When litigants come to federal court without a lawyer, they are at a
disadvantage. Even if their case is strong, they can easily get lost in
a maze of procedural rules and arcane terminology. A single error can
doom their chances, long before a trial date is set.
In the U.S. District Court in Brooklyn, that is changing. Since late
March, an innovative program has provided critical legal help to more
than 150 low-income pro se litigants, who file or must defend civil
lawsuits without a lawyer.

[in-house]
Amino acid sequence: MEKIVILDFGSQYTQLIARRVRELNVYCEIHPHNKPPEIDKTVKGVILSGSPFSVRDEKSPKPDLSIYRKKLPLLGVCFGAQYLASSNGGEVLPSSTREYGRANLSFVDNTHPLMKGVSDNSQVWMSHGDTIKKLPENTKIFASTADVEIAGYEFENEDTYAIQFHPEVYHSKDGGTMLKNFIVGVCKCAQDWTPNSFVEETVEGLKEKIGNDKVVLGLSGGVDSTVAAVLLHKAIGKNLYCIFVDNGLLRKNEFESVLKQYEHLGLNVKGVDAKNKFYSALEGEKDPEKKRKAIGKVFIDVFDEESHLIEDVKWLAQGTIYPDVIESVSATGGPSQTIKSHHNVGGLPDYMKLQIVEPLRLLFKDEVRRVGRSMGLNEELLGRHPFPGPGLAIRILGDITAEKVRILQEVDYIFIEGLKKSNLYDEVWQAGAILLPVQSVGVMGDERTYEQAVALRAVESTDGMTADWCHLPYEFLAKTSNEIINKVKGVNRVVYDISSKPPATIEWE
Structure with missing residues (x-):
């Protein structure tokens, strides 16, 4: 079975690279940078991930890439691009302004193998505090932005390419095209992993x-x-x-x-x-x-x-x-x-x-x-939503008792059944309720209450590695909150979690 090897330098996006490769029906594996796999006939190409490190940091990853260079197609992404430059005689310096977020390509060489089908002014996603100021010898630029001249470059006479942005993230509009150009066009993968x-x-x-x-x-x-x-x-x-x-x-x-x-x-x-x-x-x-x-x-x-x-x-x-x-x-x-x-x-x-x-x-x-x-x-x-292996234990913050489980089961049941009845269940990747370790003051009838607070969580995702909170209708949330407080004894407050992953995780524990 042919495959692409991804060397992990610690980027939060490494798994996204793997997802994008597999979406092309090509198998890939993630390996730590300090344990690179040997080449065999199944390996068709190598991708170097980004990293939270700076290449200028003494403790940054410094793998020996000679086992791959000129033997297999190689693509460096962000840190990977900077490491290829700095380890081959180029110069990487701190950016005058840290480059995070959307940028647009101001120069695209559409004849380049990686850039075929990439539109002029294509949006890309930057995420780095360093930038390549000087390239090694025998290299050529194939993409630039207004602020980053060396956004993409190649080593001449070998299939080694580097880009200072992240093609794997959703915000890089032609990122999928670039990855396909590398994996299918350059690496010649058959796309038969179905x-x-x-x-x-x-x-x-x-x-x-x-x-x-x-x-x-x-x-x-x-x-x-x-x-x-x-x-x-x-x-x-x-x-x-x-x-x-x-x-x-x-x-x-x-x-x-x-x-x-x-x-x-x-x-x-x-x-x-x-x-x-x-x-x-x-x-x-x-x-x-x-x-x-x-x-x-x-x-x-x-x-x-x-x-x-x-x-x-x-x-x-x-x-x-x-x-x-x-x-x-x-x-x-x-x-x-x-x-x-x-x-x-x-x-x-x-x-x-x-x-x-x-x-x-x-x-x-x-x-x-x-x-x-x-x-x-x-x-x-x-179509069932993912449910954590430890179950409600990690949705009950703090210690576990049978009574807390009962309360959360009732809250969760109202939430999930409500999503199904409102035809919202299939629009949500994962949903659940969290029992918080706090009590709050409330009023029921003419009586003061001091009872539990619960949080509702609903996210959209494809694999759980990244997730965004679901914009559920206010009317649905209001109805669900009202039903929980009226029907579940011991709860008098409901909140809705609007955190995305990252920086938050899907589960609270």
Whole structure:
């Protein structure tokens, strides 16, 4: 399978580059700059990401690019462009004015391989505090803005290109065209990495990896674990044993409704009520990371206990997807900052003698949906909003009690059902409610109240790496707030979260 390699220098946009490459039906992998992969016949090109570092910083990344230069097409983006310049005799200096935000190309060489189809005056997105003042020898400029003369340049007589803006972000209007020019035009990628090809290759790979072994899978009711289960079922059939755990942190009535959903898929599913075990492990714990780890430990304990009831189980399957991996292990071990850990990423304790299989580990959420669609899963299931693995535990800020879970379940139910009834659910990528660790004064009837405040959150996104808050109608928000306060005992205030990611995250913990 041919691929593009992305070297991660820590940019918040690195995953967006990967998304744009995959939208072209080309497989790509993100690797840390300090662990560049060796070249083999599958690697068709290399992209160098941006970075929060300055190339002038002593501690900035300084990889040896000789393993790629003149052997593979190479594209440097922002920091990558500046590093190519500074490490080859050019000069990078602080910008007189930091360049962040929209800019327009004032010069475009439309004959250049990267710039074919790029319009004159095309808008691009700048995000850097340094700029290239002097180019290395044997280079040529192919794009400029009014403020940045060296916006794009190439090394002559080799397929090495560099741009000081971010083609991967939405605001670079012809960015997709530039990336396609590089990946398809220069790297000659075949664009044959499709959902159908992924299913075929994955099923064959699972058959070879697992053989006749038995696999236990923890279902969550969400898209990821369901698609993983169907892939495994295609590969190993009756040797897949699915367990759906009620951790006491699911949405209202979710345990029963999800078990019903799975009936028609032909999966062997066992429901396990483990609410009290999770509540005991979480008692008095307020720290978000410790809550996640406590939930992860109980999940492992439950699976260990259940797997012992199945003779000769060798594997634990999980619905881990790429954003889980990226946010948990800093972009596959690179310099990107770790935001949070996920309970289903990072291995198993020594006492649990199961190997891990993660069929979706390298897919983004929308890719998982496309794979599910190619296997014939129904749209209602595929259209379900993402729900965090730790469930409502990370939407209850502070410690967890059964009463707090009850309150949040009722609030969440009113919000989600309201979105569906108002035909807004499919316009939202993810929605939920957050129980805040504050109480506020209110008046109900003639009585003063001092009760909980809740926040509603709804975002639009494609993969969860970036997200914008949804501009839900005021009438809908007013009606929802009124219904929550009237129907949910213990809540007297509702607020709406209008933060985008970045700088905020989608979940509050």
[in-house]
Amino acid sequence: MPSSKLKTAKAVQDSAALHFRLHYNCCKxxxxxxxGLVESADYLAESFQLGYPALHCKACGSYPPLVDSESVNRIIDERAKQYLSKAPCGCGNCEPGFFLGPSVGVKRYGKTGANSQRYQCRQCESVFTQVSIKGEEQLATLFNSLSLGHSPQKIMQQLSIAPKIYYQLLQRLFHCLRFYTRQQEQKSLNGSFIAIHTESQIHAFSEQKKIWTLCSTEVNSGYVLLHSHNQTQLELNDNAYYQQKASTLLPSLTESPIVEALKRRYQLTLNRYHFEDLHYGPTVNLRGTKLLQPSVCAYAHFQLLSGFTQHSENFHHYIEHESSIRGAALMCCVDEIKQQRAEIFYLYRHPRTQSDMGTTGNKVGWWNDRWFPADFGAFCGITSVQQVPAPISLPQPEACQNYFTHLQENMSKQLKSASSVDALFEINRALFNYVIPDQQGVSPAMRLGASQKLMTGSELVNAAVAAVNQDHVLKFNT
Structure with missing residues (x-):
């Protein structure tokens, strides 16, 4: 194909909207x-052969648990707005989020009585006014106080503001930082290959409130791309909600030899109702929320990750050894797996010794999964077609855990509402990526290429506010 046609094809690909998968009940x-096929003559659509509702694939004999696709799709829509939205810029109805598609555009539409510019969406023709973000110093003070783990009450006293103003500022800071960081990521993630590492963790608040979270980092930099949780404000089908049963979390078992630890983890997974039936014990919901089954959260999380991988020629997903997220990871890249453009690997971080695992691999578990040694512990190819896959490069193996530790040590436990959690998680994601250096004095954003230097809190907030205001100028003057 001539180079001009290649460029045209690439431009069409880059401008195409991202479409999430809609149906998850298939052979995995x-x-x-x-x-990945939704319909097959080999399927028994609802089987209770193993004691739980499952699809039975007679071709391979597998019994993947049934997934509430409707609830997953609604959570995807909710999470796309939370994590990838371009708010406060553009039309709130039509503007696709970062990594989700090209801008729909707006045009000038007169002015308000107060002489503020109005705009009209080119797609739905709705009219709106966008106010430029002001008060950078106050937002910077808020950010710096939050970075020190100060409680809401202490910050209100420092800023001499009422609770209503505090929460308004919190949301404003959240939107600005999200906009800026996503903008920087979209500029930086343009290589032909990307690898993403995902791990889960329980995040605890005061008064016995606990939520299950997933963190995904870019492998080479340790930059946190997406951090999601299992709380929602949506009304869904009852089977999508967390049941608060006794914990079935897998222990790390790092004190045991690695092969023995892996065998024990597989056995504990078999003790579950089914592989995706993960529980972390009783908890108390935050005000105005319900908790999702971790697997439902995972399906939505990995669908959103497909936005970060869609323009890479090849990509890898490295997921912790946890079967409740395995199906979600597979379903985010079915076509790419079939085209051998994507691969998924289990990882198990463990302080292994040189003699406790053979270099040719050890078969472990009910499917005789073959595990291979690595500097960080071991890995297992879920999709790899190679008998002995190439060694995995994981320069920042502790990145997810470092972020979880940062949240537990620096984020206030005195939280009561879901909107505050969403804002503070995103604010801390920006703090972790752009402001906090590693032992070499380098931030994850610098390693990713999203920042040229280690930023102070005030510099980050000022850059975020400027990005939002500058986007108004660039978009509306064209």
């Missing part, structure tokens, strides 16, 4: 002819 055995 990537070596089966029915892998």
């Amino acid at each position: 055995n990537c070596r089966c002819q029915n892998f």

In Brooklyn, and in similar programs in a half-dozen federal courts,
clerk’s staff and judges refer pro se litigants to on-site centers,
where lawyers hired by bar associations and nonprofits assist with
strategizing, document drafting and procedural guidance, but do not
directly represent litigants in court. In most courts, pro se assistance
is given by clerk’s staff, who can answer technical and process
questions, but must not give legal advice.
“The goal of this program is to provide much needed legal assistance to
our pro se community,” said Chief Judge Carol B. Amon, Eastern District
of New York, at a recent ribbon-cutting. “Pro se cases represent a very
significant part of our docket. The program is showing early promise of